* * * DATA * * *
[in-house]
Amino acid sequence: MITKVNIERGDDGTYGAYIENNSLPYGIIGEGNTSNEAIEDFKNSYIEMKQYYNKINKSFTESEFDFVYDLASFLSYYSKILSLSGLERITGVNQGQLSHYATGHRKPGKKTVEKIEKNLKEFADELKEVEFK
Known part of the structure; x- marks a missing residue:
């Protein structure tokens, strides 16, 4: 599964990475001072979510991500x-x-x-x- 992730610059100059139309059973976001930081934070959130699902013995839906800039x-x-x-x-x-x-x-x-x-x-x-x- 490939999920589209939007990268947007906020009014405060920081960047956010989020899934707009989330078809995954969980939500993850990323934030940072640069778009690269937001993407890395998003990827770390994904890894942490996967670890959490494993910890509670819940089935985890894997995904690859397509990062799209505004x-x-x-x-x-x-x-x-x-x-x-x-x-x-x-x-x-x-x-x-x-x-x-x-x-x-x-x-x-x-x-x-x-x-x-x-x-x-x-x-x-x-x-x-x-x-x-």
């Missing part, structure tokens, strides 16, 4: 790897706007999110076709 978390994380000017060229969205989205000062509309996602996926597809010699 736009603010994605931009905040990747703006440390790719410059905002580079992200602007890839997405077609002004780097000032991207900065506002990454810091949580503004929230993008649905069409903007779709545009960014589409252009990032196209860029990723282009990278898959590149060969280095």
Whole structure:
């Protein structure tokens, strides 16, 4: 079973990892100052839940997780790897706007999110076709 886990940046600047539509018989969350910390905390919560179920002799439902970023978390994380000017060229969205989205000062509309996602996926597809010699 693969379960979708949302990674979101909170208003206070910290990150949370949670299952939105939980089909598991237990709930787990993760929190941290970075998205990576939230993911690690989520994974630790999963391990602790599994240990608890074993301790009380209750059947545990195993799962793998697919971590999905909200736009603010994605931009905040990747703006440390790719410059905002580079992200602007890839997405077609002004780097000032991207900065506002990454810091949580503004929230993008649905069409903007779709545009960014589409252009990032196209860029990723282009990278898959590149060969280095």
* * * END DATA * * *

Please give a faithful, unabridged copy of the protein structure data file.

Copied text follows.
[in-house]
Amino acid sequence: MITKVNIERGDDGTYGAYIENNSLPYGIIGEGNTSNEAIEDFKNSYIEMKQYYNKINKSFTESEFDFVYDLASFLSYYSKILSLSGLERITGVNQGQLSHYATGHRKPGKKTVEKIEKNLKEFADELKEVEFK
Known part of the structure; x- marks a missing residue:
């Protein structure tokens, strides 16, 4: 599964990475001072979510991500x-x-x-x- 992730610059100059139309059973976001930081934070959130699902013995839906800039x-x-x-x-x-x-x-x-x-x-x-x- 490939999920589209939007990268947007906020009014405060920081960047956010989020899934707009989330078809995954969980939500993850990323934030940072640069778009690269937001993407890395998003990827770390994904890894942490996967670890959490494993910890509670819940089935985890894997995904690859397509990062799209505004x-x-x-x-x-x-x-x-x-x-x-x-x-x-x-x-x-x-x-x-x-x-x-x-x-x-x-x-x-x-x-x-x-x-x-x-x-x-x-x-x-x-x-x-x-x-x-």
């Missing part, structure tokens, strides 16, 4: 790897706007999110076709 978390994380000017060229969205989205000062509309996602996926597809010699 736009603010994605931009905040990747703006440390790719410059905002580079992200602007890839997405077609002004780097000032991207900065506002990454810091949580503004929230993008649905069409903007779709545009960014589409252009990032196209860029990723282009990278898959590149060969280095």
Whole structure:
């Protein structure tokens, strides 16, 4: 079973990892100052839940997780790897706007999110076709 886990940046600047539509018989969350910390905390919560179920002799439902970023978390994380000017060229969205989205000062509309996602996926597809010699 693969379960979708949302990674979101909170208003206070910290990150949370949670299952939105939980089909598991237990709930787990993760929190941290970075998205990576939230993911690690989520994974630790999963391990602790599994240990608890074993301790009380209750059947545990195993799962793998697919971590999905909200736009603010994605931009905040990747703006440390790719410059905002580079992200602007890839997405077609002004780097000032991207900065506002990454810091949580503004929230993008649905069409903007779709545009960014589409252009990032196209860029990723282009990278898959590149060969280095």